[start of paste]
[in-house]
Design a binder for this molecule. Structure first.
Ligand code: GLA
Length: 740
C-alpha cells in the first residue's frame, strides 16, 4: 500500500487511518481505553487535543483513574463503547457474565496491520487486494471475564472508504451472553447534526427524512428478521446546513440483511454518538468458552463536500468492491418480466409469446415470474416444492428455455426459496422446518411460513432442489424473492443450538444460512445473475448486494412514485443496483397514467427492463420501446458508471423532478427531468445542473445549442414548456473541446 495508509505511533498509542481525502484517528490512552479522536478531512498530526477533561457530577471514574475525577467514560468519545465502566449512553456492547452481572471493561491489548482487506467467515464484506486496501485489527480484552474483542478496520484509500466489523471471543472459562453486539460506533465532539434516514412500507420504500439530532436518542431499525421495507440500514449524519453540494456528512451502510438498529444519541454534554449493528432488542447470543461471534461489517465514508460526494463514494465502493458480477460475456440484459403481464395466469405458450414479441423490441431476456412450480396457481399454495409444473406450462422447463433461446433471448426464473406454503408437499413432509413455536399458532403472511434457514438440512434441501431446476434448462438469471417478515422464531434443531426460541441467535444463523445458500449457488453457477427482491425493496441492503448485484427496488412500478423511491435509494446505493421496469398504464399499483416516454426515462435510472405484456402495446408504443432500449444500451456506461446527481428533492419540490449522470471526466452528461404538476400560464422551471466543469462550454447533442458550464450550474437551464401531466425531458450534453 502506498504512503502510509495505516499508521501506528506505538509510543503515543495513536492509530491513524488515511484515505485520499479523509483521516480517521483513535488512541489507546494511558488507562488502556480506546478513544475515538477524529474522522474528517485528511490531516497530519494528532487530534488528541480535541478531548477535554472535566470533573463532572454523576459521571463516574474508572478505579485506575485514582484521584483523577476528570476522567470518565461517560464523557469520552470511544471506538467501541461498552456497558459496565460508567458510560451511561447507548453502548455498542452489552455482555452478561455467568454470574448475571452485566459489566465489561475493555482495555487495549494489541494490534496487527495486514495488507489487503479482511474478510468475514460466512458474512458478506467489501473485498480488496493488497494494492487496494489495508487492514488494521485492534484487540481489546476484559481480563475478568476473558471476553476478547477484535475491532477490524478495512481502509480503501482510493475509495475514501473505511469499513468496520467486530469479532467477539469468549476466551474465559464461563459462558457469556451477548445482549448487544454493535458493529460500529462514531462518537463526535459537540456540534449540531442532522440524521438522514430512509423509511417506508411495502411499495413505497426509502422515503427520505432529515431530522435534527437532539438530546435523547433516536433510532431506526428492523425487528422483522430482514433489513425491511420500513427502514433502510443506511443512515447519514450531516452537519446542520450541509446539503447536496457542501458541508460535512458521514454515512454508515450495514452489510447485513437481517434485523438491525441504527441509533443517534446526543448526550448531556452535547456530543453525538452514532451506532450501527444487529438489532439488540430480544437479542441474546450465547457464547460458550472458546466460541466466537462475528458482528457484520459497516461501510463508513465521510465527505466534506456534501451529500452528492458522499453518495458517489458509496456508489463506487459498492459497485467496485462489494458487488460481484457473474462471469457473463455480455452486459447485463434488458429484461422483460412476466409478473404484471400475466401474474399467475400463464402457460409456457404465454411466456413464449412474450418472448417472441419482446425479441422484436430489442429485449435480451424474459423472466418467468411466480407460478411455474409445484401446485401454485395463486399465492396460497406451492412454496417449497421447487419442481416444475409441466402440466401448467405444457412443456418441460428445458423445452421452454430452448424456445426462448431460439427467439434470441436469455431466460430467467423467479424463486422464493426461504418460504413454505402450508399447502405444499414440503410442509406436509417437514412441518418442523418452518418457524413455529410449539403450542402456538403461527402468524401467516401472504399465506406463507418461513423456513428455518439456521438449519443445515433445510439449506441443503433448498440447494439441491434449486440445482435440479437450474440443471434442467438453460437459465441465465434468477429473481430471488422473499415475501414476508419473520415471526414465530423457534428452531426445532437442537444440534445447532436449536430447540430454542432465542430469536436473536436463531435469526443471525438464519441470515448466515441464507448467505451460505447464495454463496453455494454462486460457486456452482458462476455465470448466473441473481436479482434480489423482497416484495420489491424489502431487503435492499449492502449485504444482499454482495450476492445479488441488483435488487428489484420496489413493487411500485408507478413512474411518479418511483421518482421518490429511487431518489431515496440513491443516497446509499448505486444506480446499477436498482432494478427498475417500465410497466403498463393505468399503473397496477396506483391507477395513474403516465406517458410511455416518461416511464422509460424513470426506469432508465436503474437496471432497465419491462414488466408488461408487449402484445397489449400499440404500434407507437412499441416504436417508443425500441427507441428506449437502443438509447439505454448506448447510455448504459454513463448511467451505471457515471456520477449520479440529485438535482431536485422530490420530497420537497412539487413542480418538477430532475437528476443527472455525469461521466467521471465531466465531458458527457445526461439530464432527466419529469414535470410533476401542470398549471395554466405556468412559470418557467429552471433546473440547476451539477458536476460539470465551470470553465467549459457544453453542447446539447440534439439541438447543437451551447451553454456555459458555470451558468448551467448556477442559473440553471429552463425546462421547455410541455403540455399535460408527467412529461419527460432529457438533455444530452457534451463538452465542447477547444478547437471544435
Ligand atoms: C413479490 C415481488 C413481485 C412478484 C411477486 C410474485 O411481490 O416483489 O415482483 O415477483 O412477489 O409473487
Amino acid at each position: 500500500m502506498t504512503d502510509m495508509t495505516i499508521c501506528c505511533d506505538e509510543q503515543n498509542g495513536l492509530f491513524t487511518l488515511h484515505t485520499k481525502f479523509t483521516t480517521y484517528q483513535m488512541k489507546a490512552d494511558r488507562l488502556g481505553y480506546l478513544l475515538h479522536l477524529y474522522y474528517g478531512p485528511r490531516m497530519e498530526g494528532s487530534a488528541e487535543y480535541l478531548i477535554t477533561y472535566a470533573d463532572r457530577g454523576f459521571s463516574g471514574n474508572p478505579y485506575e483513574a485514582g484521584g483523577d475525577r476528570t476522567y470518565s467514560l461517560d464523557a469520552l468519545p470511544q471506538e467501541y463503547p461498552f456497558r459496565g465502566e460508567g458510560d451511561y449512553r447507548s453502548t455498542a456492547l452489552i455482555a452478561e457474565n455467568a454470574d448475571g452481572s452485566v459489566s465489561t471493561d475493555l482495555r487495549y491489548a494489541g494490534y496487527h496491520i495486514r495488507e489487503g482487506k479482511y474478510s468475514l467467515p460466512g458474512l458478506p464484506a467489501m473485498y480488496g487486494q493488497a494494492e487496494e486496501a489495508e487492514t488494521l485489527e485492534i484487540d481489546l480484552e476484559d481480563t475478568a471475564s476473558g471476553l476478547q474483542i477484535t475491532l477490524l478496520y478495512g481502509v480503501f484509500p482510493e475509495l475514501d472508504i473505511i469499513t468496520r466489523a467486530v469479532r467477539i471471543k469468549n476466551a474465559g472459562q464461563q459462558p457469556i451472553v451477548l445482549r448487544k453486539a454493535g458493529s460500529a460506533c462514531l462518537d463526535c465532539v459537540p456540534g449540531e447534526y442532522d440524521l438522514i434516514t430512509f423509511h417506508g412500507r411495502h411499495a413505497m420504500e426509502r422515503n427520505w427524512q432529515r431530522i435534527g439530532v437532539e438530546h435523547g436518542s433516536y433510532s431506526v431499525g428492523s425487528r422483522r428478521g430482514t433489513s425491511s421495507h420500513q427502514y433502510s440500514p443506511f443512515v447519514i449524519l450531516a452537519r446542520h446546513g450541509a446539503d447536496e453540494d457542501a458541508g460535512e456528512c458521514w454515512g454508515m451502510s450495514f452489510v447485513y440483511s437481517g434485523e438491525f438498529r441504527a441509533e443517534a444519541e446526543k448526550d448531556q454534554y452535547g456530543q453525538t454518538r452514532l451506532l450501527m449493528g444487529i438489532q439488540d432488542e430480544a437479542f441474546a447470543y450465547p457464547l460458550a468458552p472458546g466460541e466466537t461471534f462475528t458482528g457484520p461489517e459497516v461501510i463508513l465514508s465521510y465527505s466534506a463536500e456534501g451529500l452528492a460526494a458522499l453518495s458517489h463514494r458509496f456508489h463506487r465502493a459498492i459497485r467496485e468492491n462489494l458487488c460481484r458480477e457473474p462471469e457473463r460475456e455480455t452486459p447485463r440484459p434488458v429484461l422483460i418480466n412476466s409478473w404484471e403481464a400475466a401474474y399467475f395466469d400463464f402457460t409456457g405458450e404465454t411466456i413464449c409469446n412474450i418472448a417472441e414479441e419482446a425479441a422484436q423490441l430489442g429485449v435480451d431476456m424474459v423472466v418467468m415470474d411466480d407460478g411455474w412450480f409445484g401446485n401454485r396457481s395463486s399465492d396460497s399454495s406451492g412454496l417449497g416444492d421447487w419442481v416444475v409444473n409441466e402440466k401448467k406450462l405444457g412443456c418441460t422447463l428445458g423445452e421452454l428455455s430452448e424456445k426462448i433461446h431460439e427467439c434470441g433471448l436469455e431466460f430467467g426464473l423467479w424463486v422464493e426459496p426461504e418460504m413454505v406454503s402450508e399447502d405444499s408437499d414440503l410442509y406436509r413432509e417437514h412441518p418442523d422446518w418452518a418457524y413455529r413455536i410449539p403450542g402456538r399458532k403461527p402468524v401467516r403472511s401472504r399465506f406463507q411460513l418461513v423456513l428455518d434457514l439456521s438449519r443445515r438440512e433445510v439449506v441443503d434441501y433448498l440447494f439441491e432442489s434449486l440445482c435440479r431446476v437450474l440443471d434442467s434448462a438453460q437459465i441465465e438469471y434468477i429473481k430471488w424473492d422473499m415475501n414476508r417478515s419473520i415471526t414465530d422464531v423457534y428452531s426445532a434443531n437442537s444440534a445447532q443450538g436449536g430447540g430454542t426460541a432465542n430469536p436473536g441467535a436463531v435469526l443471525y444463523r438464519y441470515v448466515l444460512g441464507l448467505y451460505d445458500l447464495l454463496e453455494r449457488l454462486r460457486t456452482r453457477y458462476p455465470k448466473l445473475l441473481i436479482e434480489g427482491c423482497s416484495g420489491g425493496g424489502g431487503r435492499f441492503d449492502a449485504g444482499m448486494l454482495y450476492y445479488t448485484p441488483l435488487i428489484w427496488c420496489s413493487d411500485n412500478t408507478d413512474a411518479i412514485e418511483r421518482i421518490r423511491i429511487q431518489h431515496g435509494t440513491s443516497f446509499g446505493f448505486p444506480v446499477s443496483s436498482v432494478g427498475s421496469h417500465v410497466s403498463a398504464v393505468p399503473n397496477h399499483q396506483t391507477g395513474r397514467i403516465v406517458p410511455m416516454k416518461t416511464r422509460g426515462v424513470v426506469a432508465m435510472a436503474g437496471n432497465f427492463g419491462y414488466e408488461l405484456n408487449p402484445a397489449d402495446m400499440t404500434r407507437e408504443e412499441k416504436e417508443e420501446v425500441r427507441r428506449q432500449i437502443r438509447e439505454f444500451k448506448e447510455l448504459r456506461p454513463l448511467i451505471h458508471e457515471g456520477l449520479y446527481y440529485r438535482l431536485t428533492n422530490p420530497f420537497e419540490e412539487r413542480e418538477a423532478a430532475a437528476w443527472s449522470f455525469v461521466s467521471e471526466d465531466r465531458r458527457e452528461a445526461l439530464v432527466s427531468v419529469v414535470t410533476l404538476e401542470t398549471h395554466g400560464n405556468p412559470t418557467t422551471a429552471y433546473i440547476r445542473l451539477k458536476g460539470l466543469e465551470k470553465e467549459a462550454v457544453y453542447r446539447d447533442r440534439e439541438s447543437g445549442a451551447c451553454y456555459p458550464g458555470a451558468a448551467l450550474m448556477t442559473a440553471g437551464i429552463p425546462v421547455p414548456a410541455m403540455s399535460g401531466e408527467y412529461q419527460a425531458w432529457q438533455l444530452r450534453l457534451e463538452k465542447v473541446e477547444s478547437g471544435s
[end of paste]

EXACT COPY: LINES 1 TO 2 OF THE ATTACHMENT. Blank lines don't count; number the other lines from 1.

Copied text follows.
[in-house]
Design a binder for this molecule. Structure first.